Is it any wonder that I miss that remarkable woman? Growing up, she was my best friend. She was diagnosed with breast cancer in 1992. She fought a valiant fight, but eventually the cancer metastasized and she moved onto a new spiritual plane on New Year's Day, 1995. I was living in New York City at the time, and came home for Christmas to see her. I bought her a dozen Baby Doll Roses... you know, the cream roses with pink edges on the petals. They were always her favorite. When I arrived at her house, which could only be described as "home away from home", I knocked at the door, cracked it open, and - announced my arrival as I had throughout my childhood, "Christina's here!" The house was full of family, as it had always been in the past. But where there was once laughter... there were tears and intense emotional grief. I stayed until New Year's Eve, due to catch the next flight back to New York. I knew I would never see her alive again. She was fading away with each new day... and she was suffering, but not from pain... from the thought of saying goodbye forever. She had been the center of our universe for so many splendid years full of joyous memories. I remember leaving for the last time. I leaned over the hospital bed for a final embrace. She reached up with her weak, frail arms, wrapped them around my neck, and expressed her unconditional love for me as the tears flooded my face. Then she whispered her final words... words that resonate in my heart today. She spoke softly in my ear... "Always remember to be my good girl". That was the last thing she said to me before I left that day. She died that night in her sleep. I have often wondered if I have lived up to that expectation... if I have made her proud.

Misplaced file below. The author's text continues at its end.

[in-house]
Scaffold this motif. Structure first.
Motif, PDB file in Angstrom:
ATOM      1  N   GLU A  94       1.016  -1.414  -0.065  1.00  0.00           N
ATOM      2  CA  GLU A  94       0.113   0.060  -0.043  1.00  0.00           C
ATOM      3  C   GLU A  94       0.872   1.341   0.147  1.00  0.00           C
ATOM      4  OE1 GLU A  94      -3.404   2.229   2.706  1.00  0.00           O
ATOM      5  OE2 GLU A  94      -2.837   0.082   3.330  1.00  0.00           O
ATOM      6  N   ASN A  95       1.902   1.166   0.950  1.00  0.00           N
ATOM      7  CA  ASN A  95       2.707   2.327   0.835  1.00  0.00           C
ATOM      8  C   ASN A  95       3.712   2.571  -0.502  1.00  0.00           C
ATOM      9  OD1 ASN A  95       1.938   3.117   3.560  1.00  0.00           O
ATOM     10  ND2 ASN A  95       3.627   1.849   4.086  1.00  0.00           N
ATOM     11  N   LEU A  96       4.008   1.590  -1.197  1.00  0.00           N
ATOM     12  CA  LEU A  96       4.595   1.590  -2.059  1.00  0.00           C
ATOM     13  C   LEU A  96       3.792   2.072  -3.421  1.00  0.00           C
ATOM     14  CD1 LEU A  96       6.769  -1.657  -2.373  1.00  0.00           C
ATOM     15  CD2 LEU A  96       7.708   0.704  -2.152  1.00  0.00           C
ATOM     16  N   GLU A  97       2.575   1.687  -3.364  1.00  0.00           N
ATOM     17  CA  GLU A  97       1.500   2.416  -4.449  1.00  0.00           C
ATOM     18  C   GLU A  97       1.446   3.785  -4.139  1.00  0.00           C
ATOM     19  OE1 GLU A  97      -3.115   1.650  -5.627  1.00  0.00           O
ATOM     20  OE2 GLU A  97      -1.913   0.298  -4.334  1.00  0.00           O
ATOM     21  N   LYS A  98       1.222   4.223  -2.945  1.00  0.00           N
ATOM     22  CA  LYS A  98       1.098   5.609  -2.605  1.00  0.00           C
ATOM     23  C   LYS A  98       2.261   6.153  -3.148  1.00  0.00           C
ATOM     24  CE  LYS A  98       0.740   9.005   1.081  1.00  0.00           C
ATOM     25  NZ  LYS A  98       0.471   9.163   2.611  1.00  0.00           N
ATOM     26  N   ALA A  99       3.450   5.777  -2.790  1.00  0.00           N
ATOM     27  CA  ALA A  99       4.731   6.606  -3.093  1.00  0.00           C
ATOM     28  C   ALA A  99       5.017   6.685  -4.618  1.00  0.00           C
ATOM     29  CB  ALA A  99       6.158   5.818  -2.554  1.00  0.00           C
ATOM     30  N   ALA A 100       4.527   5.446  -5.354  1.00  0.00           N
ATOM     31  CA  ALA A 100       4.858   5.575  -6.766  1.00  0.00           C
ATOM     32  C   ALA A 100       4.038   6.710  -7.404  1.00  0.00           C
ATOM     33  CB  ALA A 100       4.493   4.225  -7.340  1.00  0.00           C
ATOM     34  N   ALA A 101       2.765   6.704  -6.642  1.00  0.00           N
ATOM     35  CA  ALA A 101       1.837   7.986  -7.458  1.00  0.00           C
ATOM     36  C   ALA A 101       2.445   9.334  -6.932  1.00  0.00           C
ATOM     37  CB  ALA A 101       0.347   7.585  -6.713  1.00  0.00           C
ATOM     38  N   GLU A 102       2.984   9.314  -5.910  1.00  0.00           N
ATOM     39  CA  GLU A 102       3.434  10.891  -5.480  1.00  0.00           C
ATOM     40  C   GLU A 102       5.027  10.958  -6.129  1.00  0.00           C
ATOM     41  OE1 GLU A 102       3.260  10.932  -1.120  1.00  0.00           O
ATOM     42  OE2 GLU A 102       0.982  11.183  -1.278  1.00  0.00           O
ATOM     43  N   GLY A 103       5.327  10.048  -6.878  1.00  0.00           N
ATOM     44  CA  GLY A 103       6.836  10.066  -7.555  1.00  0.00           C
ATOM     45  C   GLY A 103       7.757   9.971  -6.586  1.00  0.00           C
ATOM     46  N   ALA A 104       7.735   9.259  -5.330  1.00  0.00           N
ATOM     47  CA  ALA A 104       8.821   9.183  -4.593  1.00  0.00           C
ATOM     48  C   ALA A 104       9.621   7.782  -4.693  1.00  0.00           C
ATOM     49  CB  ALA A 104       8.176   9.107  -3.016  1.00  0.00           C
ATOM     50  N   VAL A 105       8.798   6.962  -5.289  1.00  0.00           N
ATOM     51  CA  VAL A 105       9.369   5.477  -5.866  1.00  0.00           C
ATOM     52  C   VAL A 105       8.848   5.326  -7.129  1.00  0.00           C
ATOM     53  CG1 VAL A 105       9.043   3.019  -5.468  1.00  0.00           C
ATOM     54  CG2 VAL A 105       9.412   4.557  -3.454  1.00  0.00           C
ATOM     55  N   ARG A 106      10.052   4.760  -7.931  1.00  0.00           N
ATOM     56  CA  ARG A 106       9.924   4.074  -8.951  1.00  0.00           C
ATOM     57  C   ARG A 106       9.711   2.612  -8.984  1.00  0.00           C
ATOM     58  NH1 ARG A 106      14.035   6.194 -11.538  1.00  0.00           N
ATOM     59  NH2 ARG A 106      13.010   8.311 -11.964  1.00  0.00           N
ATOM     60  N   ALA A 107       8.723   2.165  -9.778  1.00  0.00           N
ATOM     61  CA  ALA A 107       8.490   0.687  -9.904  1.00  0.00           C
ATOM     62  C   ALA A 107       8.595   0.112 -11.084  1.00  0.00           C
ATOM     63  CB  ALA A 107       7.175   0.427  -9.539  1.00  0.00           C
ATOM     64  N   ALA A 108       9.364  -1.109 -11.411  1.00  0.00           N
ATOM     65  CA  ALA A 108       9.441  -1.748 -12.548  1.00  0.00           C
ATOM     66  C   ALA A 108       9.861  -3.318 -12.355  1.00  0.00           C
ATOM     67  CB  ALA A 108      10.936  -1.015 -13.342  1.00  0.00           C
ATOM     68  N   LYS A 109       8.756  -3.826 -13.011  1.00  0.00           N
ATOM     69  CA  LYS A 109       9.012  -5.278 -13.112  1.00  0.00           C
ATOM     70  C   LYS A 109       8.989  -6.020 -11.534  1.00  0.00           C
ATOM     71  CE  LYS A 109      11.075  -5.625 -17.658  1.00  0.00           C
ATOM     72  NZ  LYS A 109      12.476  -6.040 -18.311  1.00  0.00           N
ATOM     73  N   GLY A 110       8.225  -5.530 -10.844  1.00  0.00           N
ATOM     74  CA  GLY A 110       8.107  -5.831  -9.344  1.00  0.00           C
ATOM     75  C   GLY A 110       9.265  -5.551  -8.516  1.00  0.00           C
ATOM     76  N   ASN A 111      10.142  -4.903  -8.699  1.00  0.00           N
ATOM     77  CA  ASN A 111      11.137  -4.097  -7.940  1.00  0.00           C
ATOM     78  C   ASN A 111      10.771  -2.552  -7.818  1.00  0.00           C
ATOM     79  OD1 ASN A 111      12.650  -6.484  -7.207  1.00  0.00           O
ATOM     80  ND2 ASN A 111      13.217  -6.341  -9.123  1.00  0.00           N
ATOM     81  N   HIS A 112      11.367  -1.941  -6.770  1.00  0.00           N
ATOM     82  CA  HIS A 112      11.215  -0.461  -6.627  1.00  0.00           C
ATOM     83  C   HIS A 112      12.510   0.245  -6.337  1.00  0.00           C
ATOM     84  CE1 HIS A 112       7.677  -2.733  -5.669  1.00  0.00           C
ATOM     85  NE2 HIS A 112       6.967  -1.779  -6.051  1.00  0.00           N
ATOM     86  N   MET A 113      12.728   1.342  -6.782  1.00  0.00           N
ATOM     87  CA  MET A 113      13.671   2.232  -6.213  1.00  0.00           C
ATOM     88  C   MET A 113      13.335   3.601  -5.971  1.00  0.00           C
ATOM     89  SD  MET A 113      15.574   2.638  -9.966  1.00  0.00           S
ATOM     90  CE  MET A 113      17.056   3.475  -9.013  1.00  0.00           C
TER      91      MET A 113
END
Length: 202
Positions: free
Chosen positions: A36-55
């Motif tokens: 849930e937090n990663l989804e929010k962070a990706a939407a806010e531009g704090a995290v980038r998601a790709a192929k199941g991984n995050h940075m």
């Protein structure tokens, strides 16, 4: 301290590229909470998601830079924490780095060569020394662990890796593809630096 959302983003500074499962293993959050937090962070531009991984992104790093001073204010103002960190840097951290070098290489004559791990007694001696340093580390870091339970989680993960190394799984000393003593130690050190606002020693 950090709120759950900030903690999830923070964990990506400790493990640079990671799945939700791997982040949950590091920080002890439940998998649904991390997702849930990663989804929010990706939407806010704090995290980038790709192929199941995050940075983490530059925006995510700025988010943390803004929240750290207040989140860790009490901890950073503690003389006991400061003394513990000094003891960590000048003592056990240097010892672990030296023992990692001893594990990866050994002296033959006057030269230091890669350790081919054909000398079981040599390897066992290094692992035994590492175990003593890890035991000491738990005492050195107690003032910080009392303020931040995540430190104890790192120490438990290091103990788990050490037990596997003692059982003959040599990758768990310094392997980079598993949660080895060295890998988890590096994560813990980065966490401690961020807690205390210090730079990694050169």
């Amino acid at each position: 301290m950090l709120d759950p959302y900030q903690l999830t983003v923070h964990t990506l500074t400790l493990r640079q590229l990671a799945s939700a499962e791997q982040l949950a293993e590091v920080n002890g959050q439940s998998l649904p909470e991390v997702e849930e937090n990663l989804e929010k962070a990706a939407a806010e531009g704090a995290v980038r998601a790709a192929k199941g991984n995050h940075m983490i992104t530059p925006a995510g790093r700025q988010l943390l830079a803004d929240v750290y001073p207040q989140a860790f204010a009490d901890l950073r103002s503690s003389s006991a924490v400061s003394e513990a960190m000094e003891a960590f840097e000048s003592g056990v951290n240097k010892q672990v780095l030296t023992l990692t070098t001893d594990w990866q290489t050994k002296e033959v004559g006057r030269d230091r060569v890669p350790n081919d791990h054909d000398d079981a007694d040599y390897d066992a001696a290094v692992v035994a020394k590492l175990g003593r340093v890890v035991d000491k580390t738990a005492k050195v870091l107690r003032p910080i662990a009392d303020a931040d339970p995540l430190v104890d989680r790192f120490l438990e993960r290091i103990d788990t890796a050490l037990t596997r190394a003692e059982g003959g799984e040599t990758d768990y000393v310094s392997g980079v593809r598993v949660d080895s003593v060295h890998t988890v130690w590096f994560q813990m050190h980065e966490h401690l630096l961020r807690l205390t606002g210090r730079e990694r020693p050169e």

Kammie is named after her... Kammie Elaine. Ironically, she has her incredible strength, courage, passion, devotion, and sense of humor. When I look at her, I pray that she will continue to live a life that reflects such beautiful attributes.
So, THANK YOU GRANDMA... for always taking the time to listen and share... for never complaining, always looking on the bright side of life, and illustrating the pure love of Christ... for living each day with purpose... for never giving up on the ones that you loved... for your relentless smile and beautiful spirit... for your patience with God's plan... for exemplifying courage during times of trial... for getting dirty, playhouse blueprints, molasses cookies, crazy cake, fairy villages, Anne of Green Gables, rock climbs, and fun on the Clark Fork... for games of horseshoes and Fourth of July picnics... for curlers in your hair, games of dice, baby dolls made from craft scraps,, birthday wishes, holiday kisses, and joyous family gatherings... for keeping us fed.... for teaching me that everyone has something to give... And last, but not least, FOR FAITHFULLY ENDURING TO THE END.
My grandparents were young and in love, but my grandmother's father disliked the rugged cowboy who had fallen desperately in love with his daughter. They were determined to marry, so with a pocketful of cash, and a youthful dream of "Happily ever after"... they ran away together and married in Coeur d'alene, Idaho . Their dreams materialized through a long and prosperous marriage of over forty years, with six children, and twenty-one grandchildren. I picked this song as a tribute to them. It was sung at her funeral, accompanied by a beautiful slideshow that captured the magical essence of her life. Always remember, "Everyone has something to give"...